You might also consider lining up pieces of copper or copper wire along the edge of your garden to discourage slugs from coming into contact with your plants! If you want some additional protection against snails and slugs in your garden try adding catnip—a natural pesticide that is deadly to these mollusks when it gets in their digestive system. While this method won’t work on all invasive plants (like common milkweed), it’s worth a shot to see if it works on any of yours.

Mulching doesn’t just protect the plant by acting as an invisible fence; It protects soil too! Mulching reduces moisture loss and erosion while creating an environment where beneficial microbes can thrive—all good things for both your soil and the health of your common milkweed.

Don’t fertilize during the first few years

Spread out transplants so that plants are 6-8 apart. Irrigate regularly to keep moist during droughts and dry spells, Plant an area with a variety of native plants which will attract butterflies and beneficial insects, *Water less when the plant is in the dormant phase (October-April),  Add compost, manure, or other natural fertilizers, but avoid using any synthetic fertilizers since they might kill the plant. The Planting Tips:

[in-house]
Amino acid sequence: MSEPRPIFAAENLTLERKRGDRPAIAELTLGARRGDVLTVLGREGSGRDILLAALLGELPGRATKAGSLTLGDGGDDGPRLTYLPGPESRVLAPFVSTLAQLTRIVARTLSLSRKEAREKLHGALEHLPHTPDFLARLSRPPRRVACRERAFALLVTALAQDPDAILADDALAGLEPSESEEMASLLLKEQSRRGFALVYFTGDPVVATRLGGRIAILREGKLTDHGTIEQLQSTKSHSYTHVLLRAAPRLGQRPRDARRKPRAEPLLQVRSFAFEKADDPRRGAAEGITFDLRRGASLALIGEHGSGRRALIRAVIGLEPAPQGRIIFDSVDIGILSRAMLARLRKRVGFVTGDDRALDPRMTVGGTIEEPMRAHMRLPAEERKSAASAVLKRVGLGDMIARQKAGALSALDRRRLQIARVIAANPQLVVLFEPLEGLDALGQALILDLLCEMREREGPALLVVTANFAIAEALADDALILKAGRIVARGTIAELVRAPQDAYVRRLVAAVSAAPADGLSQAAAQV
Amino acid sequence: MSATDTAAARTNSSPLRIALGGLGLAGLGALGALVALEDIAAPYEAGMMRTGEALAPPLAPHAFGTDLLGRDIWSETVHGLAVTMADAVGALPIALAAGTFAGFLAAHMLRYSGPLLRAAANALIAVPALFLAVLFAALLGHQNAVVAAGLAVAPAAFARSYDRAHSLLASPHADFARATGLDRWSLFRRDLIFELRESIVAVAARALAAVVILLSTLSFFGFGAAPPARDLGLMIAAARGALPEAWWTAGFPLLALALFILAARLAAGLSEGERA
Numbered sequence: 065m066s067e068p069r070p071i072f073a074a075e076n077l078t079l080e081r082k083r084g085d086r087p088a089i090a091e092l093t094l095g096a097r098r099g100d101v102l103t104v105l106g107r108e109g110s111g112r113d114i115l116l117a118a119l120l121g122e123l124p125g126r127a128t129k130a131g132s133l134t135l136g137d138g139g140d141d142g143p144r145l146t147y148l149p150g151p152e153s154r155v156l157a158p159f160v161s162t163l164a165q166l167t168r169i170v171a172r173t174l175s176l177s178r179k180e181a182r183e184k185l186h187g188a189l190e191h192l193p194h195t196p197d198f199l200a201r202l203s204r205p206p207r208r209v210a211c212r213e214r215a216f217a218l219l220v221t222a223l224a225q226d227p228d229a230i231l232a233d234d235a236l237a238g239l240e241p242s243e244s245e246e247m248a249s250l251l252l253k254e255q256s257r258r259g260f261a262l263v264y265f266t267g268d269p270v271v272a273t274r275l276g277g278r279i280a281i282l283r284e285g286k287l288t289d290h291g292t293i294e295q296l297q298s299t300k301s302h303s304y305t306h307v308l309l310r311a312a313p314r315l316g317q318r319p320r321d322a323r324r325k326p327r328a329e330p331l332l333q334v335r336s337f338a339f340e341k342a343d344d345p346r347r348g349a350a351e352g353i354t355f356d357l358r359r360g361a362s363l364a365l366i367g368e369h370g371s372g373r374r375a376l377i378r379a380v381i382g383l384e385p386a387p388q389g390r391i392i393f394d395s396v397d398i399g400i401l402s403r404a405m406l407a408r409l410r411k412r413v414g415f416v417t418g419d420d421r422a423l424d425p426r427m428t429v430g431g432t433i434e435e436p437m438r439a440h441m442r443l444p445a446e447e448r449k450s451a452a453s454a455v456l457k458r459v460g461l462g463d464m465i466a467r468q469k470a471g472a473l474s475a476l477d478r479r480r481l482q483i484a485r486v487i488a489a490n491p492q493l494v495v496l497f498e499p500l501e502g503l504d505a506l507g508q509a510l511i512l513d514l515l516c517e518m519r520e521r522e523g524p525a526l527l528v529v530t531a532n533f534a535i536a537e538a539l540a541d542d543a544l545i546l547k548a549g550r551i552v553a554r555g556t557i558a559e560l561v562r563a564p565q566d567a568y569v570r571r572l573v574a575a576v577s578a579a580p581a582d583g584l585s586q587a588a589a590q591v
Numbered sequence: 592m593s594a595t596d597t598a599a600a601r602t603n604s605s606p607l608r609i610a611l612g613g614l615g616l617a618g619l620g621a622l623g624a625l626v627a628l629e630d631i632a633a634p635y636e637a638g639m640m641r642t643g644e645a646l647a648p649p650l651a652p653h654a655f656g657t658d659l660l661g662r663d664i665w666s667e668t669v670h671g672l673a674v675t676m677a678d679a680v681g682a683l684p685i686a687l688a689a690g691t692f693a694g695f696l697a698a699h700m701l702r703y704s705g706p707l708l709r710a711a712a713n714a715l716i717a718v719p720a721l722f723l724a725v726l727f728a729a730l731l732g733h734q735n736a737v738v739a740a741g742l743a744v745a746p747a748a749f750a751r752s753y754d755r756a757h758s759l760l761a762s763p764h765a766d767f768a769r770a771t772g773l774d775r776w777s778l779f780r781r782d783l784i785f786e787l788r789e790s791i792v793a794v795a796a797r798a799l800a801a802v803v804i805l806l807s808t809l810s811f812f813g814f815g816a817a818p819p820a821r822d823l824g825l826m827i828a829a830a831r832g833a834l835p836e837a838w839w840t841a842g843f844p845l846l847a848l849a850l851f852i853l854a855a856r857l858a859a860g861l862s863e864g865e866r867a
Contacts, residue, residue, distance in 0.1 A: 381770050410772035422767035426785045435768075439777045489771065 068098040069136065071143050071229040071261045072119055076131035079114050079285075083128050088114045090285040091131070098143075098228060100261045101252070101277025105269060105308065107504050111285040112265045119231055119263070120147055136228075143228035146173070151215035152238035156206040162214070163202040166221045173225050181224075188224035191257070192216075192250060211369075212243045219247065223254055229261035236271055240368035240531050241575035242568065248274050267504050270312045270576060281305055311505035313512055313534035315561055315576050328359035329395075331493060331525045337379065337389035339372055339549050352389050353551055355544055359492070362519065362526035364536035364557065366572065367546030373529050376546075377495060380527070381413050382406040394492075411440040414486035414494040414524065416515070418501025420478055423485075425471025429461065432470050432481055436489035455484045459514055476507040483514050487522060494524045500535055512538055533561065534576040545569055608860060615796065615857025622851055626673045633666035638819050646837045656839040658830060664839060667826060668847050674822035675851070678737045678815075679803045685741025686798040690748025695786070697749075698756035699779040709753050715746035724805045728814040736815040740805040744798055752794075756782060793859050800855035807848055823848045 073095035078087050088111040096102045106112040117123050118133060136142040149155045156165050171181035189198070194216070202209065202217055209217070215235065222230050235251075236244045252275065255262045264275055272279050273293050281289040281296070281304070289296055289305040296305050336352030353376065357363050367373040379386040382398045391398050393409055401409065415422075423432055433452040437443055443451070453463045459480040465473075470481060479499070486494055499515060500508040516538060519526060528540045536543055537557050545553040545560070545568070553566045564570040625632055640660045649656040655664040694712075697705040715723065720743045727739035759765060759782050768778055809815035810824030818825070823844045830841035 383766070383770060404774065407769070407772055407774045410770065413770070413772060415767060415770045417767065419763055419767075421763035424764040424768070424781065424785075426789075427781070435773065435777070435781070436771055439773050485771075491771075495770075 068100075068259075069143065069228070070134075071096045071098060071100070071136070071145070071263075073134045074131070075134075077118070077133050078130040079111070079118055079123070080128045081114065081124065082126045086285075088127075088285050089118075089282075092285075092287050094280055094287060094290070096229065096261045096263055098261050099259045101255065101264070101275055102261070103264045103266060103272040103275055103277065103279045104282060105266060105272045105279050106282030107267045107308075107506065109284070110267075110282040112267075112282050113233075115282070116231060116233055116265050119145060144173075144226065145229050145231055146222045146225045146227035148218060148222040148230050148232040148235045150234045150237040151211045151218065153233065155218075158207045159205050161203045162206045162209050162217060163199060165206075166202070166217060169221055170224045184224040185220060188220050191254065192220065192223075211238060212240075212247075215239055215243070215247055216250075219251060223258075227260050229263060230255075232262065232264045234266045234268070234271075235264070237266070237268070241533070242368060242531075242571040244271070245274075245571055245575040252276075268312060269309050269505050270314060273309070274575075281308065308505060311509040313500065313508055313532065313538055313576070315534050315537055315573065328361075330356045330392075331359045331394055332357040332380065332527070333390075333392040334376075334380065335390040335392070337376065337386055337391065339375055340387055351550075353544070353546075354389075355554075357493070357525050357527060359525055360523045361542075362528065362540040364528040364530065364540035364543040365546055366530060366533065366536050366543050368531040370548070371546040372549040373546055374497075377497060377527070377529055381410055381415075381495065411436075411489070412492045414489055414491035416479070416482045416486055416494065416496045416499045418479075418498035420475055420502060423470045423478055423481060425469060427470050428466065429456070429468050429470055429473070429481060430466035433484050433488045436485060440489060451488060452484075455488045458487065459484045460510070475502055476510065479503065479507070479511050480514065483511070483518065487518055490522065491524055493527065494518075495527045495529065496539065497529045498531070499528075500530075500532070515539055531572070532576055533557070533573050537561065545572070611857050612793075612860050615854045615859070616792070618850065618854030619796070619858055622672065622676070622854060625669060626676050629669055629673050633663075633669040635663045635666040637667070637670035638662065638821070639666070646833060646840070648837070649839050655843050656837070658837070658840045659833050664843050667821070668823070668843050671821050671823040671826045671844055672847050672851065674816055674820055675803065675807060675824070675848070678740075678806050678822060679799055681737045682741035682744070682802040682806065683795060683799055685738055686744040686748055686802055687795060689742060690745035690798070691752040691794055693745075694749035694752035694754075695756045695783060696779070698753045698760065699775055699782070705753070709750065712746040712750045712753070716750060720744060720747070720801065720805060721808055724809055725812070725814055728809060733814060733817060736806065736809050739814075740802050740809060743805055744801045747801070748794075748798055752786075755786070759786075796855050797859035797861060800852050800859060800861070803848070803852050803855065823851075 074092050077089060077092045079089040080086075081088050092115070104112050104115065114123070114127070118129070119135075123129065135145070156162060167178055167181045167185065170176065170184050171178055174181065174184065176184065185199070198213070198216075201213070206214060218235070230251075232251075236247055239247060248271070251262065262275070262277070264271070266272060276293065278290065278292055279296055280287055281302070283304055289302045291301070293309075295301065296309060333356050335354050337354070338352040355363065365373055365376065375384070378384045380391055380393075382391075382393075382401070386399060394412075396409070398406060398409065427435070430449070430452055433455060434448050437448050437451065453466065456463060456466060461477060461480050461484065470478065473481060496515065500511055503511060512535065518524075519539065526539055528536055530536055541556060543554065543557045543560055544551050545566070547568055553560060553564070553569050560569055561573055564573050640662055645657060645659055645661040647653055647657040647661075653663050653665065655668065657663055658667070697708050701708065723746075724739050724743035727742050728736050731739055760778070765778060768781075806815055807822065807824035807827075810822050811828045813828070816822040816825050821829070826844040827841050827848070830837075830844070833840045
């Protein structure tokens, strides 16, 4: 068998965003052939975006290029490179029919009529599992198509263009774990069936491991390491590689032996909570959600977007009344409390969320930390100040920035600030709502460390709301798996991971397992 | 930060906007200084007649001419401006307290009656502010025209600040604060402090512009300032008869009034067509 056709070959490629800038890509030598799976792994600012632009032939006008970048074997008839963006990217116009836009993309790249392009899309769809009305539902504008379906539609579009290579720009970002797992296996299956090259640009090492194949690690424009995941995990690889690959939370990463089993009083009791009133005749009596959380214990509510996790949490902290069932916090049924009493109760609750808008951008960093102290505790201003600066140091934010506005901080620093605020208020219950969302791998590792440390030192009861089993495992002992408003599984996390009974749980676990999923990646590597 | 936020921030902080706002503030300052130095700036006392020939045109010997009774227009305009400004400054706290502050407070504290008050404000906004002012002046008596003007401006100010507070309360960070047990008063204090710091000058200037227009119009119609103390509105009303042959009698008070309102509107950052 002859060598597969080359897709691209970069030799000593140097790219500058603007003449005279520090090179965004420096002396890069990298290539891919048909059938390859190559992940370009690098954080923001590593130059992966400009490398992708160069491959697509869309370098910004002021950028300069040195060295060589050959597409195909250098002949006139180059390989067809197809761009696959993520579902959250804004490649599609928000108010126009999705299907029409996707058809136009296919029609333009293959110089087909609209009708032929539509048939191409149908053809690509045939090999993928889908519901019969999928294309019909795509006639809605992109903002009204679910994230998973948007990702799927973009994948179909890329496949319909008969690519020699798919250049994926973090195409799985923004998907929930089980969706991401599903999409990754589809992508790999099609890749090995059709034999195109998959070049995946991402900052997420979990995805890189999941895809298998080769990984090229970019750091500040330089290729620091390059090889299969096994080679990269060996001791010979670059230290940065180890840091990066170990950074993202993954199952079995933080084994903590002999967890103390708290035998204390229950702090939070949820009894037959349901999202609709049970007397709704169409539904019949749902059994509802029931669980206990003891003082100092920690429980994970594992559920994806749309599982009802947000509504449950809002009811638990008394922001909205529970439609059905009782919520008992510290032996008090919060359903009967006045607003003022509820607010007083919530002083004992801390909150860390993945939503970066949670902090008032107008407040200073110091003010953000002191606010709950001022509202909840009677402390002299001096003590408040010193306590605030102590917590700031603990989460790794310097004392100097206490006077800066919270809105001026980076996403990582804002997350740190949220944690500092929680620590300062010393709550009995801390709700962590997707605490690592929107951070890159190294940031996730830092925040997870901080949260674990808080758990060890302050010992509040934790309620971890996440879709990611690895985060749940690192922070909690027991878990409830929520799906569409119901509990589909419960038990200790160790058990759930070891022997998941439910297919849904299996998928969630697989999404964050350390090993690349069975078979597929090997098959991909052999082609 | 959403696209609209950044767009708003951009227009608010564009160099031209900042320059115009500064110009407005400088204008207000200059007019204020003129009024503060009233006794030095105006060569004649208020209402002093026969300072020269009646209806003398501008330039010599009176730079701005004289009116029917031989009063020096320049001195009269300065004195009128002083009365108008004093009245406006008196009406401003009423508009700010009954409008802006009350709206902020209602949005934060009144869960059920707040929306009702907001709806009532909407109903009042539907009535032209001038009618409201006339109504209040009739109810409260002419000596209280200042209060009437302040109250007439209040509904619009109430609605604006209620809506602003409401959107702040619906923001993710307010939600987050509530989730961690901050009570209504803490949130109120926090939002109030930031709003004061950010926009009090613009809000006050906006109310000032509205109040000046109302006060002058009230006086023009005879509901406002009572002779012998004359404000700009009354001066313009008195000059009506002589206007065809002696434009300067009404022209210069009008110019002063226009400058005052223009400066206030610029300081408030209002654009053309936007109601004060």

When planting your milkweed, make sure it’s not disturbed again by foot traffic as it can’t recover well after that kind of trauma. To help it grow bigger and stronger, add some organic matter like manure or compost around the base of the plant. You should also create a space around your milkweed; about two feet wide is good! That way you’ll be able to mow the grass without hurting your precious new growth.

Add mulch to prevent weeds and keep moisture in the soil

A girl hold a plant
A girl hold a plant

Common milkweed is a beautiful flowering plant that looks great mixed in with other plants and adds a pop of color to your garden. One great way to cultivate common milkweed is by planting them around other flowers or places you want an infusion of color. But don’t just scatter seeds, plan ahead! You should apply at least a two-inch layer of mulch or compost around the areas you want to grow so they have all the nutrients they need, like most plants.

This will help prevent weeds from popping up and keep moisture locked into the soil while keeping bugs away. When it comes to harvesting, be sure not to pull too hard on the stem as it could kill the whole plant if it’s weak. It can take up to two weeks before seeing any signs of growth but wait until six weeks before trying again.